Psychology is a funny thing. You could have done all the training in the world, be performing at your absolute best and already have wins under your belt but if you don’t feel fast, you’re not likely to be your fastest.

That’s why Speedo have spent the last four years working with 330 top athletes across 26 countries to create a race suit that actually makes the wearer feel faster. The olympic swimmers who line up in Rio wearing the Speedo Fastskin LZR X, will look and feel fast and hopefully the times on the board will reflect that.

credit: Speedo

Tiny details have been added to offer performance gains. The one-way stretch fabric offers optimum compression but the vertical stretch needed for full movement; the seams on the side of the legs follow the muscles and encourage them to hold the correct position in the water; the women’s suit has extra panels in the body to help turn on the core muscles.

credit: Speedo

There’s no underestimation in having the psychological edge. The suits have coloured fabric for the first time. This changes the property of the material and adds an incredibly complicated process to the manufacturing of the suits but finally having a fashion element makes the swimmer feel individual from the starting line.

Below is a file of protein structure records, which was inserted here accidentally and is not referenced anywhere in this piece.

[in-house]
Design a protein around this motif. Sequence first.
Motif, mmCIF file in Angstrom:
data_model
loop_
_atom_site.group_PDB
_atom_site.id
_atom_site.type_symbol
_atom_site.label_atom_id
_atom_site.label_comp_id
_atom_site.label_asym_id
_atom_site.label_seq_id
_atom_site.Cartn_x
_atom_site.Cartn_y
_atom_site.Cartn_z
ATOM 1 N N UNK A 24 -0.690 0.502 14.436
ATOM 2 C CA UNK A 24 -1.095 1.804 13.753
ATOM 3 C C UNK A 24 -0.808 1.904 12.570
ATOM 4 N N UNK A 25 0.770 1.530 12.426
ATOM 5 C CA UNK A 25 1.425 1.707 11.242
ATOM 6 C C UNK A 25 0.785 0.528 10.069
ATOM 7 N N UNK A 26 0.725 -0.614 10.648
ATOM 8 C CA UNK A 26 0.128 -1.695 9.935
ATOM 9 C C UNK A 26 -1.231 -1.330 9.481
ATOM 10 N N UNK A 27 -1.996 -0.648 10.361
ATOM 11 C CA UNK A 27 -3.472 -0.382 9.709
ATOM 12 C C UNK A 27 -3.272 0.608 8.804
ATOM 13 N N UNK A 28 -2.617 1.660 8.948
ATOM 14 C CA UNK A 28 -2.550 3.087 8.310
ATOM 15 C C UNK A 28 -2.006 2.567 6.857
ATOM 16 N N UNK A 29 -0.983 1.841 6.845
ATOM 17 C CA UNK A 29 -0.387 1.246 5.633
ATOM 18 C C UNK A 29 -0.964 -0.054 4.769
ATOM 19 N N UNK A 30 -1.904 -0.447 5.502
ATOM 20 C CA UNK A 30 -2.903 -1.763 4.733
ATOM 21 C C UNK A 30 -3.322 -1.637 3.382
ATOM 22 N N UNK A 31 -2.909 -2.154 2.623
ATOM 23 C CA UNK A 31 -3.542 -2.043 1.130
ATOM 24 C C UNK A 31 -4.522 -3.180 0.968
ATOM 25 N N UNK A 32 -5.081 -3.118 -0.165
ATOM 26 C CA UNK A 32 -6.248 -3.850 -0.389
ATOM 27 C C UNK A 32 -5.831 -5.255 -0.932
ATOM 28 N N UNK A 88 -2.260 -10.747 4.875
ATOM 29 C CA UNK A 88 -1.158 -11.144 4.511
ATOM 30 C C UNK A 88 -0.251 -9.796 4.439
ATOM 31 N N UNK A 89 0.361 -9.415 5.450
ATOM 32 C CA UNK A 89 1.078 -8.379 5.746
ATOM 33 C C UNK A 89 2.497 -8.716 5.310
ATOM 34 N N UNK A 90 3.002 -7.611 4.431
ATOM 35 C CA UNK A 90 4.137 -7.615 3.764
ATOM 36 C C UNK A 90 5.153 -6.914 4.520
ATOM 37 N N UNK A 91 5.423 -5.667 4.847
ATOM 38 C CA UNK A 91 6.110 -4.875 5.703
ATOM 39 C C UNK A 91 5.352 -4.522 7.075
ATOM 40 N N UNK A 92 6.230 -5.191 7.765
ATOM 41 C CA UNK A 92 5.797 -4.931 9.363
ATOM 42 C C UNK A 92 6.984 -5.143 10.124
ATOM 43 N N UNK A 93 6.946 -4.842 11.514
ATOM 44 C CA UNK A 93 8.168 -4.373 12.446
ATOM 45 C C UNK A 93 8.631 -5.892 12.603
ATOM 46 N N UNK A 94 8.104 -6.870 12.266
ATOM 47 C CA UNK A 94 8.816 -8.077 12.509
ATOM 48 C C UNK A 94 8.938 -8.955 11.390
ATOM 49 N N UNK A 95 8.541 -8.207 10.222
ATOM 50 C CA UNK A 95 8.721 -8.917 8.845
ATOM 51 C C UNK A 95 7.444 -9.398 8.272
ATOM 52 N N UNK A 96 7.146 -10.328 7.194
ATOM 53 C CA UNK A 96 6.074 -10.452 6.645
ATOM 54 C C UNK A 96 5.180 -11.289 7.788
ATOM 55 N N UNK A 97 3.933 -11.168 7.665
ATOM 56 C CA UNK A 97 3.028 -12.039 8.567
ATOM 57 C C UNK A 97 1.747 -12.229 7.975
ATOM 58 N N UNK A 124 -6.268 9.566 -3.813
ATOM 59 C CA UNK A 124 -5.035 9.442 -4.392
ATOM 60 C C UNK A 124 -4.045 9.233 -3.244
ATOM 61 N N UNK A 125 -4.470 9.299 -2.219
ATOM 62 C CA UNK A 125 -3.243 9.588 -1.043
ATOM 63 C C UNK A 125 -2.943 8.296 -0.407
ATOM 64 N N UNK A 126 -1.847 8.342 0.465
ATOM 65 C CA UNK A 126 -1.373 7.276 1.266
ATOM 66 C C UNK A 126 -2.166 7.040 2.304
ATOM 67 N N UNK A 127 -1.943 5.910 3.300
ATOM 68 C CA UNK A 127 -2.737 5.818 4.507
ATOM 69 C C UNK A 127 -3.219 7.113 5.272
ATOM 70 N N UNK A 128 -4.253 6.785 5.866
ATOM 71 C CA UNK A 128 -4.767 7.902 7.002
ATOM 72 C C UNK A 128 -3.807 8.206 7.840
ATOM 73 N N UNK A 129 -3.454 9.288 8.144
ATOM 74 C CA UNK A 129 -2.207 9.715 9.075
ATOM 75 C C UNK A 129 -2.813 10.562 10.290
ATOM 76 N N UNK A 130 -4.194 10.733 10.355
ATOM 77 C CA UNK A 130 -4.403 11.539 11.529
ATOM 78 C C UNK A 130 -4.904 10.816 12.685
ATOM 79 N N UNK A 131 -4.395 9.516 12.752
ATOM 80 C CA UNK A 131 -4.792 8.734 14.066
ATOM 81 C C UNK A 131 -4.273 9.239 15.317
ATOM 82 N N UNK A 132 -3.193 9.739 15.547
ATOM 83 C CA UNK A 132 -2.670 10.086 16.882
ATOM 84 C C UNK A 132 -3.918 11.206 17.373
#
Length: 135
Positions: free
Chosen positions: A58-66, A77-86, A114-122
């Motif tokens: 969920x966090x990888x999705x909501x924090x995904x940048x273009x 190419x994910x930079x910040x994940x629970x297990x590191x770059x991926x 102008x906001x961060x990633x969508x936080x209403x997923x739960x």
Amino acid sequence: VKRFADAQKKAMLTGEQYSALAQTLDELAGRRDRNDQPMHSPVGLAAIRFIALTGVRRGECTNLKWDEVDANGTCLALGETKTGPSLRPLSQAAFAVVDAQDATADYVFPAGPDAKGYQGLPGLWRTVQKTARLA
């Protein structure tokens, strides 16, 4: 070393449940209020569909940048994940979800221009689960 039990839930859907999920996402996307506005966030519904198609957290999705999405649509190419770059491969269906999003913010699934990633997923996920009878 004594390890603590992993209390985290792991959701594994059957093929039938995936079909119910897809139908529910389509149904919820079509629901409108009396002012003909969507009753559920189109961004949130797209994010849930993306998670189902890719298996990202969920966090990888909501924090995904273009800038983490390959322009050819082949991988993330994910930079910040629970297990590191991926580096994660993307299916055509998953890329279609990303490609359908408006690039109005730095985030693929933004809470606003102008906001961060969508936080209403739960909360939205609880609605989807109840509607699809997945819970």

To further fuel fast, every suit used in the olympics has an individual motivational message sewn into it. So when the suit is being put on, the athlete will already be thinking fast.

credit: Speedo

There is nothing fast about putting on a second aquatic skin. 

I was measured up by the expert who fits all the Speedo athletes but 15-minutes into trying to pull the thing on over my hips, I wondered whether they were having me on. It took over 30-minutes and two sets of hands to haul my ass into a suit, then I was told that actually, if I was racing, I’d be in a suit two sizes smaller!

credit: Speedo

Once in, I started to walk differently. My core was switched on and ready to work. I’ve never stood taller. In the water, I felt like a mini torpedo but there was only one sure way to test it – a race.

We lined up in our teams and, after a 5-second diving lesson from 2012 Olympic medalist, Michael Jamieson, I splashed out our third of four legs. Either MJ is a great teacher or the suit really worked its magic because that was my best dive and best sprint.

credit: Speedo

Of course, as a recreational swimmer, I’m unlikely to spend 30-minutes contorting into a suit that can’t compensate for my not-so-perfect technique. (I’m pretty sure none of my friends would be willing to help dress me, either!) Good news, then. The technology of Speedo’s race suit will filter down to their other suits.